Current Affairs: Electrical Equipment Installers and Repairers

by Henry Fields

October 1, 2018

With the rise of automation and the growing role of electronics in factories, facilities, and vehicles, electro-mechanical systems play an increasingly important part in our daily lives. Although many of us don’t interact with those systems directly, we definitely notice when they aren’t working. Keeping electrical systems in working condition is where electrical and electronic equipment mechanics, installers and repairers (or electrical mechanics for short) come in.

Electrical mechanics work in a wide variety of settings to make sure electrical equipment is installed and functioning correctly, and repair it if something is going wrong. Job growth, pay, and work environment vary substantially based on the type of work performed, something we’ll explore in depth in this article.

Job Activities

Electrical mechanics are generally different from a licensed electrician in that they repair, diagnose, or set up electrical systems. While electricians often implement or plan a new electrical system (for example, working on a construction site where they are responsible for ensuring a new house’s wiring meets building codes), the focus of an electrical mechanic’s work is usually to make sure an electro-mechanical system functions as it should and apply interventions when it’s not.

That work could take place in an office, retail or wholesale establishment, manufacturing facility, or utility station. Data on electrical mechanics are available at the occupational level, encompassing five specialties:

  • Commercial and industrial equipment mechanics work in manufacturing and other sectors and focus on maintaining equipment such as industrial controls, transmitters, and antennas.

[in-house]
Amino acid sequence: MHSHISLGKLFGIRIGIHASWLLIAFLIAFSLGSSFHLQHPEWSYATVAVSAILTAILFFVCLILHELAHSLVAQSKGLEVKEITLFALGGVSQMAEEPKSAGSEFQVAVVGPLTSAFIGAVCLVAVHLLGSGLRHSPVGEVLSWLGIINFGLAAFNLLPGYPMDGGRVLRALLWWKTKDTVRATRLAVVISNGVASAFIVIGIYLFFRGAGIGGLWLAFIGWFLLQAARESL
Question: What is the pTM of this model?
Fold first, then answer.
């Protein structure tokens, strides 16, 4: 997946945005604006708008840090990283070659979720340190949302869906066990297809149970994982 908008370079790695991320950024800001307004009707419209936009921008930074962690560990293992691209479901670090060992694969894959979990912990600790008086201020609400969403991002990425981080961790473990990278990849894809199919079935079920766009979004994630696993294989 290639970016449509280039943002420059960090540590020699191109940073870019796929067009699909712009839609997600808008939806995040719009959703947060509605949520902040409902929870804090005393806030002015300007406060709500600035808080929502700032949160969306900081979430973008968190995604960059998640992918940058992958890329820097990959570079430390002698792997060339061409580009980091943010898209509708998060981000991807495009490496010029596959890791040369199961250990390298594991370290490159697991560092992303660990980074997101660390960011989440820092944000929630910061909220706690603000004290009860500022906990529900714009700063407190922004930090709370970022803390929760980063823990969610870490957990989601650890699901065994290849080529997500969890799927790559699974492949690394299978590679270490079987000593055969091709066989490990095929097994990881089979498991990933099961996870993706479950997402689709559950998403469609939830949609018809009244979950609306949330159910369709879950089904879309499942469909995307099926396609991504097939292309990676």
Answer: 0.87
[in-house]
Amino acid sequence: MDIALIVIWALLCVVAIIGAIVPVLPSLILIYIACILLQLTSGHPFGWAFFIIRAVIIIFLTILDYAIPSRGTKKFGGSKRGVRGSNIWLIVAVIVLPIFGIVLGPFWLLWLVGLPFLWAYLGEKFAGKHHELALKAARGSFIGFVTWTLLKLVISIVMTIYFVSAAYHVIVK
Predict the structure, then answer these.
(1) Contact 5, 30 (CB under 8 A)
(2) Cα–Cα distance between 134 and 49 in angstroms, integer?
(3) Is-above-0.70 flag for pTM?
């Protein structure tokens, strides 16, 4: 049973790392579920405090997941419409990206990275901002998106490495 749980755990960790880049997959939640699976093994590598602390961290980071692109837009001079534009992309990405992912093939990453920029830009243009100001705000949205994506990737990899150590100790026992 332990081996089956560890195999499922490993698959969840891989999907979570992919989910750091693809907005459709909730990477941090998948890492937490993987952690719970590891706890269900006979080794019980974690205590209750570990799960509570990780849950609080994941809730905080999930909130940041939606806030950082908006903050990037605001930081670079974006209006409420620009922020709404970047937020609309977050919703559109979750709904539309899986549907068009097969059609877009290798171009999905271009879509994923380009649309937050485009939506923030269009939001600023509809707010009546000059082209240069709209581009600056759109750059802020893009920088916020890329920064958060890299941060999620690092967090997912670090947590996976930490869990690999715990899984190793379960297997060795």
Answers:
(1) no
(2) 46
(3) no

• Transportation equipment repairers work on mobile electronics equipment including sonar and surveillance systems on non-automobile means of transportation like trains and boats. They largely work for the manufacturers of that equipment or government agencies.
  • Electric motor, power tool, and related mechanics is a diverse field working in the manufacturing and repair and maintenance industries (among others) installing and repairing items such as electric motors, wiring, or switches.
  • Powerhouse, substation, and relay repairers work on the systems involved in power generation, primarily for utilities companies.
  • Motor vehicles repairers work on electronic systems in cars, including sound, security, or navigation systems.
Education and Training

Before we talk about what makes the roles distinct, let’s talk about what they have in common. Electrical mechanics generally require some post-secondary non-degree training for entry. In some instances an associate’s degree is a competitive advantage but it is not always required.

Working in any of these roles requires familiarity and comfort working with electrical systems. Skills that will prepare workers well for employment can be developed through educational programs that provide hands-on training, as well as classes that cover the basics of alternating and direct current. Many of Oregon’s community colleges offer relevant education programs based on your interests. In addition, most employers expect to train their electrical mechanics to work on the specific types of equipment that they use on the job, often under the guidance of experienced technicians.

Skills like problem awareness, mechanical aptitude, and manual dexterity will serve electrical mechanics of all stripes well. Employers of electrical mechanics look for employees with good skills in critical thinking, troubleshooting, and quality control and a strong basis in reading technical information and applying mathematical and engineering ideas.